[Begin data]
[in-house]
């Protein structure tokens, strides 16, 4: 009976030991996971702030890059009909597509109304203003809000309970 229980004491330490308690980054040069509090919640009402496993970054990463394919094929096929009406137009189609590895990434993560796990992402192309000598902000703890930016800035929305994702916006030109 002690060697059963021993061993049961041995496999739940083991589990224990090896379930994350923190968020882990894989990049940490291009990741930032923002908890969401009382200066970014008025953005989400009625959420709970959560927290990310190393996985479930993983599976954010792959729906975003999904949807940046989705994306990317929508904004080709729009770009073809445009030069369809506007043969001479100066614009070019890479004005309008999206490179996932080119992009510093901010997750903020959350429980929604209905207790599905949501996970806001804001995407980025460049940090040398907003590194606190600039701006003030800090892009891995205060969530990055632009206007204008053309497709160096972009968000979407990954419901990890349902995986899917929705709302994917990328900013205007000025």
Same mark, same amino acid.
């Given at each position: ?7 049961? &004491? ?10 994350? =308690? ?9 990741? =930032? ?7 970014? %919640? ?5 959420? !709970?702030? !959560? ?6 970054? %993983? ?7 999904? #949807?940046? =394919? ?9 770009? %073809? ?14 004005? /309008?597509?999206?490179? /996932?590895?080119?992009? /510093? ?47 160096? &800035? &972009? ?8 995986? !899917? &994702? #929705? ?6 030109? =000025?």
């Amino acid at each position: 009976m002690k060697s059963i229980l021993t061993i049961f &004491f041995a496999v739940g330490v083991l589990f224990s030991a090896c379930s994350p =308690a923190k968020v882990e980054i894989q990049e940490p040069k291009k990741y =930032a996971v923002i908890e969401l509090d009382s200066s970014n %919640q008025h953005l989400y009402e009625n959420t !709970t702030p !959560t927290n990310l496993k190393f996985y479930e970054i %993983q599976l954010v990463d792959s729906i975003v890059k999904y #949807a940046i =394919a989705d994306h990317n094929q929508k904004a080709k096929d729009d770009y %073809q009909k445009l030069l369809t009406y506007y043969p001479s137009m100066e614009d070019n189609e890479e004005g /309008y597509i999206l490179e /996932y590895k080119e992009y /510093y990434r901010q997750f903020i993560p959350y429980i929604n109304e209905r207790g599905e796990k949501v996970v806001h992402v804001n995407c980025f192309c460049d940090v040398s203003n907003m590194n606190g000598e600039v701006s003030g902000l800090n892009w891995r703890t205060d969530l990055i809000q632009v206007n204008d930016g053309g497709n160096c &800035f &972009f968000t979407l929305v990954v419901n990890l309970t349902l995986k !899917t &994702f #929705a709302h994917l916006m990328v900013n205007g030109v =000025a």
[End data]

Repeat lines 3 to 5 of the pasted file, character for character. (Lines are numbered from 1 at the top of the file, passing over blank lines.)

Same mark, same amino acid.
């Given at each position: ?7 049961? &004491? ?10 994350? =308690? ?9 990741? =930032? ?7 970014? %919640? ?5 959420? !709970?702030? !959560? ?6 970054? %993983? ?7 999904? #949807?940046? =394919? ?9 770009? %073809? ?14 004005? /309008?597509?999206?490179? /996932?590895?080119?992009? /510093? ?47 160096? &800035? &972009? ?8 995986? !899917? &994702? #929705? ?6 030109? =000025?």
């Amino acid at each position: 009976m002690k060697s059963i229980l021993t061993i049961f &004491f041995a496999v739940g330490v083991l589990f224990s030991a090896c379930s994350p =308690a923190k968020v882990e980054i894989q990049e940490p040069k291009k990741y =930032a996971v923002i908890e969401l509090d009382s200066s970014n %919640q008025h953005l989400y009402e009625n959420t !709970t702030p !959560t927290n990310l496993k190393f996985y479930e970054i %993983q599976l954010v990463d792959s729906i975003v890059k999904y #949807a940046i =394919a989705d994306h990317n094929q929508k904004a080709k096929d729009d770009y %073809q009909k445009l030069l369809t009406y506007y043969p001479s137009m100066e614009d070019n189609e890479e004005g /309008y597509i999206l490179e /996932y590895k080119e992009y /510093y990434r901010q997750f903020i993560p959350y429980i929604n109304e209905r207790g599905e796990k949501v996970v806001h992402v804001n995407c980025f192309c460049d940090v040398s203003n907003m590194n606190g000598e600039v701006s003030g902000l800090n892009w891995r703890t205060d969530l990055i809000q632009v206007n204008d930016g053309g497709n160096c &800035f &972009f968000t979407l929305v990954v419901n990890l309970t349902l995986k !899917t &994702f #929705a709302h994917l916006m990328v900013n205007g030109v =000025a």